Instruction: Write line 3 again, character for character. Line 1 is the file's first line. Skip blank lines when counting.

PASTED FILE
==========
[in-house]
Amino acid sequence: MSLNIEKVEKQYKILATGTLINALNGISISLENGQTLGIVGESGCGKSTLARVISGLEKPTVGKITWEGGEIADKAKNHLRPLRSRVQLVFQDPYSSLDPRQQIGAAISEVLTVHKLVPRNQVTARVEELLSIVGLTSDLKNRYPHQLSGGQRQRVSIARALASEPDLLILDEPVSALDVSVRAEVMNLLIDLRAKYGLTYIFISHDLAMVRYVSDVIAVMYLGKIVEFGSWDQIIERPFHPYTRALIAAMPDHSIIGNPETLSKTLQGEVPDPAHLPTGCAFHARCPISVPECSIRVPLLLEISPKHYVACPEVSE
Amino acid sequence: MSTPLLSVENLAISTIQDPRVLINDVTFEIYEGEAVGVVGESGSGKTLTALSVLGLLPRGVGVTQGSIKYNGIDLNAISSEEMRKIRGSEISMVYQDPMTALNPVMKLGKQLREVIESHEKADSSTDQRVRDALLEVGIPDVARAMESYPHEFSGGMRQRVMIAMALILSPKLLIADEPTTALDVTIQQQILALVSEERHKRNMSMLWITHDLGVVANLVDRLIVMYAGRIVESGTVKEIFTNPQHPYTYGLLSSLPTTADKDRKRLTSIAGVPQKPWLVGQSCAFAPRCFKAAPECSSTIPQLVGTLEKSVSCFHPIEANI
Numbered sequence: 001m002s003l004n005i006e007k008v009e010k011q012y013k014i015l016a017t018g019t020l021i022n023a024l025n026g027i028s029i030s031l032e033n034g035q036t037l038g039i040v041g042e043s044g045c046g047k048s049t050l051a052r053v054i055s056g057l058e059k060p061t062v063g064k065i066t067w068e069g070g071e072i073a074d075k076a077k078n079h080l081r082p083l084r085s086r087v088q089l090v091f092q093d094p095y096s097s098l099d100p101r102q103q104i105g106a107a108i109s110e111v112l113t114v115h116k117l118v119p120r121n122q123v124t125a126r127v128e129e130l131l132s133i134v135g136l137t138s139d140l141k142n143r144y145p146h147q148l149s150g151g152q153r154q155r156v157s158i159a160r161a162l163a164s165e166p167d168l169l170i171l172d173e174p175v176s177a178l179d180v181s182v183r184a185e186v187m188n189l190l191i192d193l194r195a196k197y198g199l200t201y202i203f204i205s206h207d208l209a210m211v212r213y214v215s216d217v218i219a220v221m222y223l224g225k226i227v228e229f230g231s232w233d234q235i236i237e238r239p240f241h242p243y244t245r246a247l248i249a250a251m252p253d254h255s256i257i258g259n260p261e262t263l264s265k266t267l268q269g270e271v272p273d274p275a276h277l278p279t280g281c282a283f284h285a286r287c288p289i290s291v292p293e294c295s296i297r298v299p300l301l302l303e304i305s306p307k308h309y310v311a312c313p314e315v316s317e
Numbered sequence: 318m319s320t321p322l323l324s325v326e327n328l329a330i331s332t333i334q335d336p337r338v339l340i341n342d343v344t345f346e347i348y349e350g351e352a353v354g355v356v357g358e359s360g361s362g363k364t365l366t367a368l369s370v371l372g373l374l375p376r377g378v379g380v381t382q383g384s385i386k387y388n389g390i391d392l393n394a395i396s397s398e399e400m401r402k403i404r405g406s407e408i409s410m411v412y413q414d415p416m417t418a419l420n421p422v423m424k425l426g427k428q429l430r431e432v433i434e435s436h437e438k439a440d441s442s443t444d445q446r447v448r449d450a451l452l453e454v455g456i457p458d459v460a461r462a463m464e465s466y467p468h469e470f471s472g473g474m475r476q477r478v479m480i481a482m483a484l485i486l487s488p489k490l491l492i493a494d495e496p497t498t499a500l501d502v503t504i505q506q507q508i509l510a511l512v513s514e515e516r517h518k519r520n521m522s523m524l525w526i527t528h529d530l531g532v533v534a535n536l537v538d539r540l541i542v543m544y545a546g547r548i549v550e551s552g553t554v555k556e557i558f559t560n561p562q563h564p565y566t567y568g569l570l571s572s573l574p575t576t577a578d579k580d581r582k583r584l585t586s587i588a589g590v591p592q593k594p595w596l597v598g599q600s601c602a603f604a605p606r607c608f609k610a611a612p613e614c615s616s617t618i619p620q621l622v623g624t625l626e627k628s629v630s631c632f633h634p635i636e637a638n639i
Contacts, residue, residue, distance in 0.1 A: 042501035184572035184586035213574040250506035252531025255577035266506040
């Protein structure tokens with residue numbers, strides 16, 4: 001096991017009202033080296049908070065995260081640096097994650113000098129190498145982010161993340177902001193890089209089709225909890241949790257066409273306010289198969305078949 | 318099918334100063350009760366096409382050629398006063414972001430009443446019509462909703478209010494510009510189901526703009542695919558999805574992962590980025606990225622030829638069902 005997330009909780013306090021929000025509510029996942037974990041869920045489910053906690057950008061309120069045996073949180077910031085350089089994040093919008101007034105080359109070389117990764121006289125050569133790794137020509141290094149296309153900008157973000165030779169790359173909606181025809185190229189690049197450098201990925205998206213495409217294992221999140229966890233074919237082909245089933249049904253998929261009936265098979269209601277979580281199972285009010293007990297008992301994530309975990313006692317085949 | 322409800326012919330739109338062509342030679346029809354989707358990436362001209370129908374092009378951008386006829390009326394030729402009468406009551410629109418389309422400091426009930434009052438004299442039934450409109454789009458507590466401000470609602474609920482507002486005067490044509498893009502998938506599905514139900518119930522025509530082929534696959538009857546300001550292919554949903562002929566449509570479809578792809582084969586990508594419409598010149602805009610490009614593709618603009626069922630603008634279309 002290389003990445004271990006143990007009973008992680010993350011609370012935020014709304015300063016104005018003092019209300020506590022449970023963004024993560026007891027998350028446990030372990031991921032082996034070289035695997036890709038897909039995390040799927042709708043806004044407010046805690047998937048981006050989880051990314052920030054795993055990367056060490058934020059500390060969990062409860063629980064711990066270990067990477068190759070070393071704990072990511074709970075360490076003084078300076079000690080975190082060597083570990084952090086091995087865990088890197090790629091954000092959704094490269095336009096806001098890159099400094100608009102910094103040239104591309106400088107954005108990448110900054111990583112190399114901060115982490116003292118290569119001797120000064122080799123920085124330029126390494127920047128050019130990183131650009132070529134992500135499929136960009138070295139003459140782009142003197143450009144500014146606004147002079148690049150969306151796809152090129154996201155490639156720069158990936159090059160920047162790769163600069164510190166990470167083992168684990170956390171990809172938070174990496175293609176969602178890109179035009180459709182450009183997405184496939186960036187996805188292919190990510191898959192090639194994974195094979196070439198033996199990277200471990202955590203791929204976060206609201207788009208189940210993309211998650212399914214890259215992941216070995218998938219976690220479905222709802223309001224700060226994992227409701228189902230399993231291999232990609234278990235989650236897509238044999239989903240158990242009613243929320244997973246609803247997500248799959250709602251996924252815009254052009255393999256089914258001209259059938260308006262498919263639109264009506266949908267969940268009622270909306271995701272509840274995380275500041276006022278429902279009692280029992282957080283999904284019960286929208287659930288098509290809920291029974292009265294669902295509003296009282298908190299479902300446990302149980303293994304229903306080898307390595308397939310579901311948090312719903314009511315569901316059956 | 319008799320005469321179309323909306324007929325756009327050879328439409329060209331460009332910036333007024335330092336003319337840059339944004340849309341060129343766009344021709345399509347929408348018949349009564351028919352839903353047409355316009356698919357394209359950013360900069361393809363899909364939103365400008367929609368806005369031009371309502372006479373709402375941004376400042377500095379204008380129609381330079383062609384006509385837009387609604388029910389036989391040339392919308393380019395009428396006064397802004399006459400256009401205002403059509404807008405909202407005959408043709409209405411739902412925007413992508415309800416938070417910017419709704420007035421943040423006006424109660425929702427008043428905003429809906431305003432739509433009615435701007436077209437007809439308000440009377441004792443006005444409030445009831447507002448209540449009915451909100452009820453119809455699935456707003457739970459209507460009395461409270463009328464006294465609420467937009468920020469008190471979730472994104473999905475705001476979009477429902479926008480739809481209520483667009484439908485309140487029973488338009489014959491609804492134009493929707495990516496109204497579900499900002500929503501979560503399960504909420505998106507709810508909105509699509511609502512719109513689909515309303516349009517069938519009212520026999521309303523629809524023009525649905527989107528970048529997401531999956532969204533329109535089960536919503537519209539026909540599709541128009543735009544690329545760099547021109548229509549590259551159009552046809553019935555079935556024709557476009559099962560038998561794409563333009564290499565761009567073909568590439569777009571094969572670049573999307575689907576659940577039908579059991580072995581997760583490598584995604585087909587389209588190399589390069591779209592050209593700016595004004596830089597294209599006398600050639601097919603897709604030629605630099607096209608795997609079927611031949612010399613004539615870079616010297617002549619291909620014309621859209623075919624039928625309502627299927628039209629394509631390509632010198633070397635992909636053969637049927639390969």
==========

Amino acid sequence: MSTPLLSVENLAISTIQDPRVLINDVTFEIYEGEAVGVVGESGSGKTLTALSVLGLLPRGVGVTQGSIKYNGIDLNAISSEEMRKIRGSEISMVYQDPMTALNPVMKLGKQLREVIESHEKADSSTDQRVRDALLEVGIPDVARAMESYPHEFSGGMRQRVMIAMALILSPKLLIADEPTTALDVTIQQQILALVSEERHKRNMSMLWITHDLGVVANLVDRLIVMYAGRIVESGTVKEIFTNPQHPYTYGLLSSLPTTADKDRKRLTSIAGVPQKPWLVGQSCAFAPRCFKAAPECSSTIPQLVGTLEKSVSCFHPIEANI